Cool! Let me tell you a about my fellowship! In 2015 I spent the year as a Code for America Fellow assisting the Mayor's Office of the City of Albuquerque. As the designer on a small three person team of fellows, over the course of the year we built a product that helps residents get access to financial wellness tools. Don't know what financial wellness is? I didn't either before the fellowship. Keep reading and I'll explain.

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Code for America is a bay-area based non-profit that sends groups of fellows to build a digital service platform in a select few cities each year. My team and I were sent to Albuquerque, NM where we were given the task of assisting with economic development and social mobility by building a technological solution for residents. Most commonly in Code for America these are apps, dashboards, or APIs. As part of the fellowship we spent the month of February in residency interviewing leaders in the community and gazing at the wonderful sunsets that reflect of the Sandia Mountains that cusp the eastern edge of the beautiful high desert city. While in residency we interviewed more than one-hundred people and attended nearly as many public events. We were busy to say the least. This also included two press conferences and a morning news show announcing our arrival and intentions.

Upon our return to Code for America HQ in San Fransisco we spent the next few months synthesizing our research and building prototypes. Most of which were centered around assisting residents get access to capital through underwriting with data instead of the traditional credit checking methods. We also focused on delivering financial assistance resources in a timely and pointed way, that was aligned with the residents situation. One chilling fact of New Mexico is that 70% of residents are what the government considers "working poor"— meaning those residents receive a least one benefit from a social service. In other words, living in poverty and needing social support in Albuquerque is the lifestyle of the majority. Most residents can't make the bare necessities each and every month. Or if they can, it's only until they hit a bump like a child getting sick or a car repair before they'll be in dire straights. In fact, research shows that 47% of Americans cannot cover a $400 gap without need assistance.

The team and I then traveled back to Albuquerque to do more research and test some of our assumptions by showing some early stage prototypes to city officials, community leaders, and residents. We held a town hall meeting with most of the one hundred or so we had met in February. We asked them to help verify that what we were hearing from our design research were insights that accurately reflected what they had shared with us. During that event we presented our insights we'd gained from tools like brainstorming, storytelling, and ethnography. We showed some higher level design principles that included things like us needing to be culturally aware in our work. A finally we shared a few early stage prototypes in sketch and wireframe forms. After our presentation we held a community workshop where we asked attendees to play some design thinking games to help us zero in on the most useful interventions within the lenses of our research. Also, as part of the event we created a The Quote Wall. It displays quotes we captured from the interviews and sorts them by the themes of our research.

CfA ABQ Quote Wall

Before I get too far along I should mention that we built a lot prototypes in our discovery process and throughout. Some scripted. Some not. Most messy and quickly abandoned. Some simple and quickly constructed merely to test our own assumptions. Here is a list with links of many of them:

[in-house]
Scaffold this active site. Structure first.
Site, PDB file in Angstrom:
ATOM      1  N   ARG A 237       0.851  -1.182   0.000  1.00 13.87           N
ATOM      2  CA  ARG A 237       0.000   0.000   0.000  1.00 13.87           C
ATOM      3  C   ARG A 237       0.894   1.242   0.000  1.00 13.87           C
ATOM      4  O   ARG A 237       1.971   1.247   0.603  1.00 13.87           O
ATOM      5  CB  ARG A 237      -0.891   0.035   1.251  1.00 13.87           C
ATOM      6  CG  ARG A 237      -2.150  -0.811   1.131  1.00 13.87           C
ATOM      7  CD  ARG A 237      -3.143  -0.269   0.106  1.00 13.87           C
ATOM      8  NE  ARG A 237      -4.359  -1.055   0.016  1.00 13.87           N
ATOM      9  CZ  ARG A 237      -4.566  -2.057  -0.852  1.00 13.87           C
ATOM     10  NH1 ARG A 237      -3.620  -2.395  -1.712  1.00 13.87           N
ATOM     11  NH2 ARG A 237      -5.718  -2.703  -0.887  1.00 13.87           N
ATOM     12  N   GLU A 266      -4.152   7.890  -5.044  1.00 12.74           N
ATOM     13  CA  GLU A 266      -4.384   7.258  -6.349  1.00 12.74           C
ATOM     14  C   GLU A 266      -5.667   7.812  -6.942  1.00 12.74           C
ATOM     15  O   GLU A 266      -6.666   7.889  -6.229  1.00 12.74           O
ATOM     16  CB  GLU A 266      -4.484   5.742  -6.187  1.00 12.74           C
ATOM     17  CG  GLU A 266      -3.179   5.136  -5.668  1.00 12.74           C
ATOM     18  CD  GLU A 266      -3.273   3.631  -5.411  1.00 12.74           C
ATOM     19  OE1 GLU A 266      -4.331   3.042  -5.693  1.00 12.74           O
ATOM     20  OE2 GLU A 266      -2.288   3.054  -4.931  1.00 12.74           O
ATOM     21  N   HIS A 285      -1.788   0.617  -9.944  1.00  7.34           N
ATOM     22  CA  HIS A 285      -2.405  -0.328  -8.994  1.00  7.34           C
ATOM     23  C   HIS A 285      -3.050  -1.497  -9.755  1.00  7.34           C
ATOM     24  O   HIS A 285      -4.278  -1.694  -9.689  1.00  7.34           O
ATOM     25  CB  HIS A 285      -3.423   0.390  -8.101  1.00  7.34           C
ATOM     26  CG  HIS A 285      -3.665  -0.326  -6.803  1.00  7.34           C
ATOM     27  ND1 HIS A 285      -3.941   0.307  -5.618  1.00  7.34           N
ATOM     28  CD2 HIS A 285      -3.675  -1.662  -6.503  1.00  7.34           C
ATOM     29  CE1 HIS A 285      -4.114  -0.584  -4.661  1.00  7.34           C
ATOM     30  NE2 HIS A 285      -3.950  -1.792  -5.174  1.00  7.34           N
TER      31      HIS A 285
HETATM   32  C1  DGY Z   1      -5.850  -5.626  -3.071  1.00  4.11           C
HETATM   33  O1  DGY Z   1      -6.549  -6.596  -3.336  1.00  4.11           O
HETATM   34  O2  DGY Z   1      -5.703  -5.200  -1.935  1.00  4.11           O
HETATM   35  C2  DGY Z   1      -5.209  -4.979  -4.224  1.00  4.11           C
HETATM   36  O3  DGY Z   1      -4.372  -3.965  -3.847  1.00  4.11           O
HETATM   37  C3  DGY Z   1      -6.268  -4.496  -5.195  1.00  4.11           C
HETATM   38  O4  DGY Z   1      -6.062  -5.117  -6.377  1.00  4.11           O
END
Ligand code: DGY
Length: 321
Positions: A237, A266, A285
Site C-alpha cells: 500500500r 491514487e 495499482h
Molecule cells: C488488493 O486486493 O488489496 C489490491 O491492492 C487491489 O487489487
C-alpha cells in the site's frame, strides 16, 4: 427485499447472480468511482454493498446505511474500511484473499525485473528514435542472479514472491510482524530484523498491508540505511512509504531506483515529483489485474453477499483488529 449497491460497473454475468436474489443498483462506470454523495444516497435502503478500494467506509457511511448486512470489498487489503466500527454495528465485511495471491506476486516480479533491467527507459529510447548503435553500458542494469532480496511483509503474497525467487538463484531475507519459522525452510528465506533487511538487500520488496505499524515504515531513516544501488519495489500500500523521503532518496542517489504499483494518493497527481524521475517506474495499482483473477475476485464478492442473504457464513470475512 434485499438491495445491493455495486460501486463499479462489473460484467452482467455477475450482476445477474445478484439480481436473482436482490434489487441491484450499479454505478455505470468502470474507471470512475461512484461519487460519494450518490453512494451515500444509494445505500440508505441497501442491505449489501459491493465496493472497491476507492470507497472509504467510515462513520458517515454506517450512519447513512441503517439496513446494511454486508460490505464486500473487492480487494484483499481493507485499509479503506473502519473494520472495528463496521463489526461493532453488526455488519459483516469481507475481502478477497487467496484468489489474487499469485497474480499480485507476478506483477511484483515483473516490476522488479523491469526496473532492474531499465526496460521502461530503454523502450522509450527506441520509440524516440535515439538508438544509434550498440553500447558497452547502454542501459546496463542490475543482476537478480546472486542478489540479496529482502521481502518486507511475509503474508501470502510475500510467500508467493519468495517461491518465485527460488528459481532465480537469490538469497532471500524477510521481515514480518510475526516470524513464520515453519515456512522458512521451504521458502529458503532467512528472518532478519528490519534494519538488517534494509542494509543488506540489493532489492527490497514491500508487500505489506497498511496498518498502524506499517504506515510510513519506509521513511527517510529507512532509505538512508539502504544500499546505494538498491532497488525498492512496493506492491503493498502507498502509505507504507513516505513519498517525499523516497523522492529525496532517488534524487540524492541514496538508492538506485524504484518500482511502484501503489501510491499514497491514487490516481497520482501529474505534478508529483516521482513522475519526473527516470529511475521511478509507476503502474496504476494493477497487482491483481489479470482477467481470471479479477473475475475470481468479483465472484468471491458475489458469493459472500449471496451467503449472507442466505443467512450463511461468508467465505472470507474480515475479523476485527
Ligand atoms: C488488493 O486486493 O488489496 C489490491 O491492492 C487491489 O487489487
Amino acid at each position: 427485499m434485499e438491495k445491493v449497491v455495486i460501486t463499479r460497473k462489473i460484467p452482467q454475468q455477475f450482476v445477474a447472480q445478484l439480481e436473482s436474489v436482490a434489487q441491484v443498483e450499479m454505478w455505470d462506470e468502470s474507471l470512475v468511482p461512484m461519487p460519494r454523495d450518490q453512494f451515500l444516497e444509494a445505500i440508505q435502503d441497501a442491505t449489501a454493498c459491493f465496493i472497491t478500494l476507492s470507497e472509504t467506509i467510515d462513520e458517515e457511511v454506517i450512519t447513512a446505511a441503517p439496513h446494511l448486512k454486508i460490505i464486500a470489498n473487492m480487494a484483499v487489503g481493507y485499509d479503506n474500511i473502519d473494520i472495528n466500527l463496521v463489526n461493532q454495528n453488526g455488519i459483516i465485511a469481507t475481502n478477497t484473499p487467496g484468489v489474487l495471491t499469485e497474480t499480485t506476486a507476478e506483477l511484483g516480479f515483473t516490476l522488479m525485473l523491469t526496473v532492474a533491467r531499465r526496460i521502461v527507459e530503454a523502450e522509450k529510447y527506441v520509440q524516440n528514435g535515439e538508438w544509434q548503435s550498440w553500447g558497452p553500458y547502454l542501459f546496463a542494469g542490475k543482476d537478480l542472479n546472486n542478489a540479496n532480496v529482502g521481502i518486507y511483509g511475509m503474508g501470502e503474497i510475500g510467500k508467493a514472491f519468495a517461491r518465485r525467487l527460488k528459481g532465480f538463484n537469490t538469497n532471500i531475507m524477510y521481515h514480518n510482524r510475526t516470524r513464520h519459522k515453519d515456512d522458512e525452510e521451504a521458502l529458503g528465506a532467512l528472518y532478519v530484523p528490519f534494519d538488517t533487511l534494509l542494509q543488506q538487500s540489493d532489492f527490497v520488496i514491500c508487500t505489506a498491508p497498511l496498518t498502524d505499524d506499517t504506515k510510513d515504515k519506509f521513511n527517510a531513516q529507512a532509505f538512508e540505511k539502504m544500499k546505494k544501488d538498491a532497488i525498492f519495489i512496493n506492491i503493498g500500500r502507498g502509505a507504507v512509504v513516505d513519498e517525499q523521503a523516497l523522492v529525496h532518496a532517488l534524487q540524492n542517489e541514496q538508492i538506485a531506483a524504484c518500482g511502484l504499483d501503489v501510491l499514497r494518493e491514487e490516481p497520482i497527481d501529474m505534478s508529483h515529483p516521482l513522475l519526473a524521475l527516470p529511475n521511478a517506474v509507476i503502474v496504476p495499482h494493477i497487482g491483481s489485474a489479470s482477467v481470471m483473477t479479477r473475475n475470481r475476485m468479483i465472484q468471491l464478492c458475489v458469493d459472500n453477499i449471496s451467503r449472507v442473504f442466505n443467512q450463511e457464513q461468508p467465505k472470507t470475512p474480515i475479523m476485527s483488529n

Halfway through the fellowship we were asked to present the city with this mid-year report and a presentation of our work thus far. Our focus up to this point had been helping residents with access to short-term loans that were not predatory. We had discovered that New Mexico had a disproportionate amount of predatory lenders compared to other states. It also lacked many of the newer regulations other states had passed to curb the dispersement of these types of loans. One of which limited these types of lending to interest rates in the the 36%–40% range and that type of regulation had effectively ended predatory lending practices in those states. As of many things in New Mexico, the state legislature was a little behind in the times. Though they had tried to pass the law twice in the last few years, each time it was easily defeated on the house floor. Note that New Mexico is unique in that the legislature only meets for one month on even years and two months on odd ones. As you might imagine, getting things passed in the state house can be difficult in close quarters. Another unique attribute is that no state politician is paid a salary in New Mexico.

Eventually though, our research lead us to spend time discussing the issue with the researchers who had created a report on these lenders at the Pew Trust in Washington D.C.. They informed us that this was a complex problem that required policy interventions, although they encouraged us to continue to pressure the mayor to talk about it. My team and I were excited to pull on this cord and we did so by focusing our mid-year report and presentation on some detailed user research we did on payday lending practices. We paid recruited ten people from craigslist and paid them $20 to come sit in the downtown library and talk to us about why they use pay day loans. Respondents ranged from a para-legal to students. One respondent resinated the most though and her name is Yvonne. We met with Yvonne on a sunny afternoon, arriving with a smile on her face. But what we'd soon find was a her aching financial wellness.

CfA ABQ Yvonne

Yvonne had been through a lot for a long time. And sadly, she shared a lot of things in common with many other residents of Albuquerque. She's had been divorced. She had lost her job recently. She had been wanting to start a new chapter and in had enrolled in a culinary program at a local community college. But she was being crushed by a payday loan that she'd taken out to cover rent when her student loans ran out. But really, Yvonne was un-well about two car title loans she taken out more recently. One of which was on her son's truck, again to pay rent and stay in school. She regretted taking the loan out on her son's truck so much that when she brought it up she uncontrollably burst into tears. If you'd asked Yvonne a few months before we met her she would have told you she was on the up and up. But "life happened", as she said it./p>

Here is the video of my teammate and I presenting at Code for America's BETA. We're mostly telling Yvonnes' story, how it related to our research findings, and why we made the Tia Sabia prototype as a potential solution.